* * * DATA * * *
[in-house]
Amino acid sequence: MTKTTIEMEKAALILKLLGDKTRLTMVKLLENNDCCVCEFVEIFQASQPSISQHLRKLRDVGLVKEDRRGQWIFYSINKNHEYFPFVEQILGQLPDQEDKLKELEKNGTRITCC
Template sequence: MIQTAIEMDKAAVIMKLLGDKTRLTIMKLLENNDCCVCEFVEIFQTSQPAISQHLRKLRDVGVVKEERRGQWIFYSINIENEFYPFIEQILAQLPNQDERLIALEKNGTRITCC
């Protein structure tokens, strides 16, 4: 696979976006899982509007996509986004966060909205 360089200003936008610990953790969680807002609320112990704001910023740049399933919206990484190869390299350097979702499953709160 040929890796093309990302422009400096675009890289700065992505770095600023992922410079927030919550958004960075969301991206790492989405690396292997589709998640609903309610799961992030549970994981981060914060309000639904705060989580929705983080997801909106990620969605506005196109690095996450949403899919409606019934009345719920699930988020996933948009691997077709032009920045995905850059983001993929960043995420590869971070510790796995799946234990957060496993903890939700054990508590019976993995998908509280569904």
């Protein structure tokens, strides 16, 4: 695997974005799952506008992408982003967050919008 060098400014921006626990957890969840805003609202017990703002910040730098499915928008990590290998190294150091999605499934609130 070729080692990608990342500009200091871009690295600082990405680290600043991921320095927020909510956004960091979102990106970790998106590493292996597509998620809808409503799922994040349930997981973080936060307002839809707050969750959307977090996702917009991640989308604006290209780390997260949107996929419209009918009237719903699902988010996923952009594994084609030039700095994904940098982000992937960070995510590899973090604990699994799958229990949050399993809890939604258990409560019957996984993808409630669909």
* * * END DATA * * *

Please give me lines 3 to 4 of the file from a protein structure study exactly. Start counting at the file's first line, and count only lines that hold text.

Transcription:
Template sequence: MIQTAIEMDKAAVIMKLLGDKTRLTIMKLLENNDCCVCEFVEIFQTSQPAISQHLRKLRDVGVVKEERRGQWIFYSINIENEFYPFIEQILAQLPNQDERLIALEKNGTRITCC
């Protein structure tokens, strides 16, 4: 696979976006899982509007996509986004966060909205 360089200003936008610990953790969680807002609320112990704001910023740049399933919206990484190869390299350097979702499953709160 040929890796093309990302422009400096675009890289700065992505770095600023992922410079927030919550958004960075969301991206790492989405690396292997589709998640609903309610799961992030549970994981981060914060309000639904705060989580929705983080997801909106990620969605506005196109690095996450949403899919409606019934009345719920699930988020996933948009691997077709032009920045995905850059983001993929960043995420590869971070510790796995799946234990957060496993903890939700054990508590019976993995998908509280569904």